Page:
Author: Darren McCoy
Our goal, as part of the multidisciplinary team, is to help patients who have pain issues, treat them compassionately, treat them effectively, minimize the burden to the patient, minimize the burden to the family, maintain functional independence and help prevent damage to the community at large. Across the country, nurse practitioners have a variety of prescription privileges available with regard to treating pain. Some of those have to do with the amount of medication prescribed. Some have to do with the types of medication prescribed. That changes on a state by state basis, so it’s important to pay attention to what’s going on in your state, so we can adjust patient treatment to what we have the ability to do.
A nurse practitioner may encounter a number of complexities in treating a pain patient; it could be the magnitude of the dose that they’re taking, say in terms of morphine equivalent, and whether the nurse practitioner can prescribe that. It could relate to side effects and the need to change medications. It could be the patient’s social situation and the potential for substance abuse from elsewhere in the patient’s household. And it is important to keep costs in mind when you’re treating patients with chronic pain issues, and to use best practices to make sure that patients are receiving appropriate care and not wasteful care.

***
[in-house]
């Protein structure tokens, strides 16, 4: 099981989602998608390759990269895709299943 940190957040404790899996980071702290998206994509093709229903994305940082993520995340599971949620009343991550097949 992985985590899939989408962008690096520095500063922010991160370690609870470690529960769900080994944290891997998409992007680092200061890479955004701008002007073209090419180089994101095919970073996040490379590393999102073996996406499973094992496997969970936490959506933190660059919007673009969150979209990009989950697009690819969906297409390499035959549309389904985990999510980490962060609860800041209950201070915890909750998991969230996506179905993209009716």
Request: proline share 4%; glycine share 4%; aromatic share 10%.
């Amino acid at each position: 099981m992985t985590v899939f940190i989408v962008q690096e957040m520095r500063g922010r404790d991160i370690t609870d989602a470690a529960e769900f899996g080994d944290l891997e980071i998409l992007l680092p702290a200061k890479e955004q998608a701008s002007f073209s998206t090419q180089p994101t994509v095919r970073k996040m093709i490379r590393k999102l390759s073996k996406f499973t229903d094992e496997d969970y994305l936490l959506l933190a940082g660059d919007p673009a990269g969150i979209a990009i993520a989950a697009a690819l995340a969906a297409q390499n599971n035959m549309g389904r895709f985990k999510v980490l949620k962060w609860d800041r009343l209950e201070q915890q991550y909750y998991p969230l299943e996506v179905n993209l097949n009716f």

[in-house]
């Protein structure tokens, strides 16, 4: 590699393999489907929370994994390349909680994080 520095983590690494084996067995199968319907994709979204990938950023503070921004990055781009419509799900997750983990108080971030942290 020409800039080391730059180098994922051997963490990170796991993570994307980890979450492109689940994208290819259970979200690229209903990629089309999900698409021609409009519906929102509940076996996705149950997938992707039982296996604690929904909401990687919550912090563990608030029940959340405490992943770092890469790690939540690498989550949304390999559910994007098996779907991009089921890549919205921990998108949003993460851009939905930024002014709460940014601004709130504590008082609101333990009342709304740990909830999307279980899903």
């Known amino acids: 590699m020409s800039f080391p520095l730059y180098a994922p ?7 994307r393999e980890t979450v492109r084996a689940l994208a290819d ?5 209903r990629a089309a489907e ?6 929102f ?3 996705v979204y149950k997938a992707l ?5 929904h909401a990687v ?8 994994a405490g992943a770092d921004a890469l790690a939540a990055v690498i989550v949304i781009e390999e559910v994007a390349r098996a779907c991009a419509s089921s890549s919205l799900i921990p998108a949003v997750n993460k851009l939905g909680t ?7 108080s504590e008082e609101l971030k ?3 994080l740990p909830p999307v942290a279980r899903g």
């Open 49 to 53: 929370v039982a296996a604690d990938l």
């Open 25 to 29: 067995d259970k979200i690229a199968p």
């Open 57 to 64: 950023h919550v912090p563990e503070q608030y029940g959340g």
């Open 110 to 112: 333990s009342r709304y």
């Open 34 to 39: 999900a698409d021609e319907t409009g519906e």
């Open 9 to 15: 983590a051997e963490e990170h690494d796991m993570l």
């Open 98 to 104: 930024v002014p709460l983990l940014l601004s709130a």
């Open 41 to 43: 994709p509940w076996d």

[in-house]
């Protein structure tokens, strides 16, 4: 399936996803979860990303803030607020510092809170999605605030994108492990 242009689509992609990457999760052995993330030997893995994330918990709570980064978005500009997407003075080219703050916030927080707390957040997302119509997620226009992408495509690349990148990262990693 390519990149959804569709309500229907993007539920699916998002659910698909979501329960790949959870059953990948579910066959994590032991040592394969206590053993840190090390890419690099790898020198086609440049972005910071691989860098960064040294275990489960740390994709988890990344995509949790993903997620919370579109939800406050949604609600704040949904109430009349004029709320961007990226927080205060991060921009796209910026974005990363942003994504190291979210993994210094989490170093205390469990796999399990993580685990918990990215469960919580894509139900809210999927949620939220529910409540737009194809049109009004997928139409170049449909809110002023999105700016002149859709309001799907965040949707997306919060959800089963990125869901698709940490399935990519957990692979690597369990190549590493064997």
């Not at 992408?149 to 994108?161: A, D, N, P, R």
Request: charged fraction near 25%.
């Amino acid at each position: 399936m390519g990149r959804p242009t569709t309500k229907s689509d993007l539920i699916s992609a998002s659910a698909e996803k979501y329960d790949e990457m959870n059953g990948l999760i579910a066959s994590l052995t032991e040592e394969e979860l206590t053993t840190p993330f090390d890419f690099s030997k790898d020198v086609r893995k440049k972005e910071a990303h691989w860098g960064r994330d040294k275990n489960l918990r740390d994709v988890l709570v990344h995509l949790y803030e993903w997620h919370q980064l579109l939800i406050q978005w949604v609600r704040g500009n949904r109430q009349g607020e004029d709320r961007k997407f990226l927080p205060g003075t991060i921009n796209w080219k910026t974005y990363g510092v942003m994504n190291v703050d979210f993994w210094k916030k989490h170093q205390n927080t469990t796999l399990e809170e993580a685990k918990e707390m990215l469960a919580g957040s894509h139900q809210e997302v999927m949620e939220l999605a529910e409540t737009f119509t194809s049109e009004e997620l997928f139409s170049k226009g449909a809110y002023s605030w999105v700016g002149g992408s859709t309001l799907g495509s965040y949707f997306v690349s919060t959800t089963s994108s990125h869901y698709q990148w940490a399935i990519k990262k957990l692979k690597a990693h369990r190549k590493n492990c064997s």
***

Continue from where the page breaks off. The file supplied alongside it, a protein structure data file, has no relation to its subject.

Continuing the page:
I would encourage physicians who work in pain management to work very closely with their nurse practitioners and physician assistants to be able to reach out to more people, because there just simply aren’t enough pain specialists in the country. There are not enough to go around. We have to be able to reach out to educate nurse practitioners and physician assistants to be able to more effectively evaluate and treat pain.